"Editors Lab help my newsroom to think outside the box. After the hackathon, we realise innovation and experiment have to be integral parts of a digital news production." — Wahyu Dhyatmika, Editor-in-Chief at Tempo.co
"It was the first time for Japanese media joining Editors Lab. We learned a lot from other media from all over the world. It is not only about the idea and technology, but also how engineers and journalists collaborate to develop a solution. I also appreciate that Editors Lab gives brought me into a global network of news organisations. It was a great occasion for me to discuss with journalists from so many countries about big problems for us like fake news." — Daisuke Furuta, Founding Editor of BuzzFeed Japan
“I only have positive memories when I reflect back on my experience competing at the Editors Lab in New York, and the Editors Lab final in Vienna, Austria. You could tell that everyone on the GEN team really cared about the mission of the competition—but more importantly—the success of all the teams who participated. After both competitions, I came back to National Geographic, and presented our prototypes to top digital executives in our organisation. I would have never had that opportunity if it wasn't for the brilliant work that you all are doing with the Editors Lab.” — Scott Burkhard, UX Designer at National Geographic
- Who can participate ?
Each team must have three people: One journalist, one graphic designer and one coder/developer. (Team members can also have hybrid profiles as long as all three skillsets are represented.) Each team must represent a media organisation. At least one member must come from the represented media organisation and have a mandate, others may be freelance or from other organisations.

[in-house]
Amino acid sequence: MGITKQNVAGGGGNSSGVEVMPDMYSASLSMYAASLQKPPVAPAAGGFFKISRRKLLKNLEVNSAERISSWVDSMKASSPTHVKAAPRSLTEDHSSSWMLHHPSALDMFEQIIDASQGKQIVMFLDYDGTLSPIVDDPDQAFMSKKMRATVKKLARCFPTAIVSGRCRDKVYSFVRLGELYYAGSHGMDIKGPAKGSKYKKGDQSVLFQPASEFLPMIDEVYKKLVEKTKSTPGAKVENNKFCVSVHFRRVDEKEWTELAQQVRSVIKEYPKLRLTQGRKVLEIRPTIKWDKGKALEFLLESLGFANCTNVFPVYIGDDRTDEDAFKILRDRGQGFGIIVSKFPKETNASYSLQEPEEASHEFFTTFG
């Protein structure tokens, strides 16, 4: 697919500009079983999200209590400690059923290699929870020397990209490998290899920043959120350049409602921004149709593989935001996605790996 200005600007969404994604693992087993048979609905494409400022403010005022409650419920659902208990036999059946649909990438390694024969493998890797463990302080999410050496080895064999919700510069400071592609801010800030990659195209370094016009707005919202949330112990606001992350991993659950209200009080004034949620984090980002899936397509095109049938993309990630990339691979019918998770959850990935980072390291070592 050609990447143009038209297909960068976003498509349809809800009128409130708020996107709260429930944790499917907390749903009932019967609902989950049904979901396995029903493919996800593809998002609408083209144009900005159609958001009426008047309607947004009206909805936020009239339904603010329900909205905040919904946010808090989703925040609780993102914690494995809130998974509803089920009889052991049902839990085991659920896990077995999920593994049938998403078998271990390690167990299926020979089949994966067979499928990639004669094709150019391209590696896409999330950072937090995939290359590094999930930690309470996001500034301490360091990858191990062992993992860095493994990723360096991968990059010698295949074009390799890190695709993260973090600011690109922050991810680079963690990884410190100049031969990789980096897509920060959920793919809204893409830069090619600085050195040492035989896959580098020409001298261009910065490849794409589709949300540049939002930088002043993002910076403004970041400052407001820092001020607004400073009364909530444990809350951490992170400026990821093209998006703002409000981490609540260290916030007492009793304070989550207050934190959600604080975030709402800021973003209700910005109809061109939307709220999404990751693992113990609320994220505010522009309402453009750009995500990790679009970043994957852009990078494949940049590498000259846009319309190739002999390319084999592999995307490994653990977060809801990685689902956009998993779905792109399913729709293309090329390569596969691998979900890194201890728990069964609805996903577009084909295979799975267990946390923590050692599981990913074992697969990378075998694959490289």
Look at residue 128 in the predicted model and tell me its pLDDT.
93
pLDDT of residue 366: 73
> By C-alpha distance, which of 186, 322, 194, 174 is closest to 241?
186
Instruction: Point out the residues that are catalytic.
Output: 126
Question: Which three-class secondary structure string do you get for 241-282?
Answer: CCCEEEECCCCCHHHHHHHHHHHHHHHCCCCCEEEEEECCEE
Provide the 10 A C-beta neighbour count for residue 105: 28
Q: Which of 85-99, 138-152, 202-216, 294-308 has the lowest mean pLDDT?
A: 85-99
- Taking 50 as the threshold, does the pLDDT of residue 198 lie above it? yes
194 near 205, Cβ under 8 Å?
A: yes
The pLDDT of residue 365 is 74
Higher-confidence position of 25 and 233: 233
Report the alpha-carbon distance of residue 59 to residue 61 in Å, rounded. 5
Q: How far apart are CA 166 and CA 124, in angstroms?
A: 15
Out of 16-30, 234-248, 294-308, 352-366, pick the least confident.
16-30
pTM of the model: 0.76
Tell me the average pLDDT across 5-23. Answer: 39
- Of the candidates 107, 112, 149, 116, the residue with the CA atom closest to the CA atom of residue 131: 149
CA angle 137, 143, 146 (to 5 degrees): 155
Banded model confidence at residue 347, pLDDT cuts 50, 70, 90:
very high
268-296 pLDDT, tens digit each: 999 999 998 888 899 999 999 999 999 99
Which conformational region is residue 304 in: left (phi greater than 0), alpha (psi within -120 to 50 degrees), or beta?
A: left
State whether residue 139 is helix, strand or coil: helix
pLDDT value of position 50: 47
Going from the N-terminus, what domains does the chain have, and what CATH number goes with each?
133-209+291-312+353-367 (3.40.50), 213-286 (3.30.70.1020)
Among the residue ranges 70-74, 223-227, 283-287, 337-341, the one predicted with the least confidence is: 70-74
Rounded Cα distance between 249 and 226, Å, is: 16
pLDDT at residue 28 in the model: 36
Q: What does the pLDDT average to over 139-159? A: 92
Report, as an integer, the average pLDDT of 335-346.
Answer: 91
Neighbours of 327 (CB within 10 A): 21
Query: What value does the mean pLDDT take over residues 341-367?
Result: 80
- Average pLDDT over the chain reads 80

- What are the teams expected to produce ?
The teams are expected to produce a working prototype. If they are not able to do so, they can present a proof of concept and mock-ups. At the end of the Editors Lab, each team will give a five-minute pitch. Even if a working prototype is not produced at the end of the event, the team must work with the primary objective of publishing their project during the following weeks, at least as a demo or a beta version.
- What are the judging criteria ?
1. Editorial quality: How innovative is the project? How useful will it be to the target audience?
2. Design: How user-friendly is the interface? How creative is the design?
3. Development: How functional is the prototype? What level of technical expertise does this project demonstrate?
4. Implementation: What is the potential scale of the idea? Is it logistically and technically feasible?
Note: No preparation is needed before the event. All participants will be provided with the relevant information to start their projects on the first day of the event. Teams may begin brainstorming prior to the hackathon, but all prototypes should be built within the two-day timeframe.
- Who keeps the copyright ?
A description of each project will be published by GEN after the event, but each team is free to decide what information about the project can be published and shared by GEN. The copyright of the project is held by the media represented by the team.